Businesses Step Up: Legal Aid and Mental Health
YOUNGSTOWN, Ohio – The Business Journal is asking companies and organizations to tell us how they are faring, what they are doing.
Monday morning, we sent a letter to the business community, asking readers to share their stories and what they’re doing to help others through this crisis. You can submit your own story at BusinessJournalDaily.com/submit-your-story.
In the days ahead, we’ll share more from our readers on how they’re getting through an unprecedented time that has affected all businesses and all walks of life.
Here’s the latest edition of what we’re hearing:
Johnson & Johnson Law Firm
CANFIELD, Ohio – Included law firms are on the list of essential businesses that aren’t affected by Gov. Mike DeWine’s stay-at-home order, the staff of Johnson & Johnson Law Firm are working with clients remotely, says managing partner Nils Johnson.
As we have since 1921, Johnson & Johnson will continue to serve its clients through the current challenges. Our physical office in Canfield will remain open to receive clients’ calls,” he says. “We will make arrangements to complete and execute any paperwork you may require. If, for instance, you need a will and can find the necessary witnesses in your circle at home, we can mail or email you the papers. If you need to come to the office to sign, however, we will arrange to do so. We have provided personal protection to staff and attorneys to make face-to-face interactions as safe as possible for everyone.”
Johnson notes that the practice was founded in 1921, surviving the Great Depression, World War II, 20% interest rates in the 1980s, and the Great Recession.
“We will survive the virus – as will our community, our state and our country,” Johnson says.
WARREN, Ohio – CRN Healthcare is continuing its work in treating addiction throughout the coronavirus outbreak, complying with safety guidelines issued with the Centers for Disease Control.
“With hundreds of Americans dying from overdose and other addiction-related causes each and every day, we can’t slow down our work toward systemic change,” says vice president Kofee Mostella. “American institutions must respond to all urgent health epidemics, including both COVID-19 and addiction. CRN will continue working hard to create solutions for the millions of Americans in need of effective, affordable substance use disorder treatment.”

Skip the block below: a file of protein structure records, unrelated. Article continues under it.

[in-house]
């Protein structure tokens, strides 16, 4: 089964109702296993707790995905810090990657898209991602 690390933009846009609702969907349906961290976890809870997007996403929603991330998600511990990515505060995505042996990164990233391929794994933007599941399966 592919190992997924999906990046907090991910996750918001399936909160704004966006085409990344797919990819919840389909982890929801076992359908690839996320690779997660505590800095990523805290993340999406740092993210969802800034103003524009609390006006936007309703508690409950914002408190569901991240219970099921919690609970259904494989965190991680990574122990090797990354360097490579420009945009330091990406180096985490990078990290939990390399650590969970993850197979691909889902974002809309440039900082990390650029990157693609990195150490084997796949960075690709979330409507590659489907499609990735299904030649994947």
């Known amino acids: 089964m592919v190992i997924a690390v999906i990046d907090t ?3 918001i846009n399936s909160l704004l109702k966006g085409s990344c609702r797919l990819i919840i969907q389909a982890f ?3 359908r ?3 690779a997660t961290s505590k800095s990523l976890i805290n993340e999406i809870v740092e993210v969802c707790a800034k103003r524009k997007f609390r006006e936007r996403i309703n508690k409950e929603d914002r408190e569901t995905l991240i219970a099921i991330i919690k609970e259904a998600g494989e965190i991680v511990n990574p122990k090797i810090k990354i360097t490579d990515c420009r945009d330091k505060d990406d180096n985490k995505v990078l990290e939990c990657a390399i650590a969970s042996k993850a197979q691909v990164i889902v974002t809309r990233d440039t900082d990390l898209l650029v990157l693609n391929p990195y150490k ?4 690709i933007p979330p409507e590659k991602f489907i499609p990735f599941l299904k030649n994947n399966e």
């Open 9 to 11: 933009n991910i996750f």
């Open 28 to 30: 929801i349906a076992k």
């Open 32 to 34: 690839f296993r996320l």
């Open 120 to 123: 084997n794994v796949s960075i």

Gem Young Insurance & Financial Services
CANFIELD, Ohio – The staff at Gem Young Insurance & Financial Services have been working remotely since March 17.
“We did this to not only protect our staff, but also our clients,” says marketing director Kristi Novotny. “After years of upgrading technology and infrastructure within the office, we were able to seamlessly transition and continue business operations with no interruption.
“One of the things our company has been built on is the idea that our clients are family, and we only want what is best for them. Having the ability to be reachable, accessible and reliable is the best way we can serve at this time.”
First Step Recovery
WARREN, Ohio – The mental health sector is in the midst of a “pandemic within an epidemic,” says First Step Recovery of Warren chief operating officer Cindy Woodford, and the guidelines on slowing the spread of the coronavirus are taking a toll on clients.
“Social distancing inherently creates barriers in doing our jobs. Our clients come to us feeling isolated. Part of our job is to make them feel a sense of belonging. That’s why in our treatment counseling we aren’t shy to sit close to a client; give them a high five and clients will hold hands or huddle to pray,” she says. “Hugs are inherent in the rooms of recovery. We’ve had to eliminate a lot of the thing that make our clients feel whole and appeal to their humanity. Having to strip away that essential piece of interaction has been especially tough on us, and them.”
Further, clients have to eat meals in their room instead of communally in the center’s dining room, she adds, which exacerbates the sense of loneliness.
To mitigate these effects, First Step Recovery has launched a campaign, I Am Essential, for its clients and 120 employees. The campaign aims to remind the public that mental health and substance abuse treatment centers are part of the health-care continuum the same as hospitals and to increase the recognition of staff.
“There was no discussion about ceasing our services” Woodford says. “Everyone agreed that this is not the time for us to put down our sword, so to speak. Why would we stop doing what we do every day to save lives when we know that every life is essential?”
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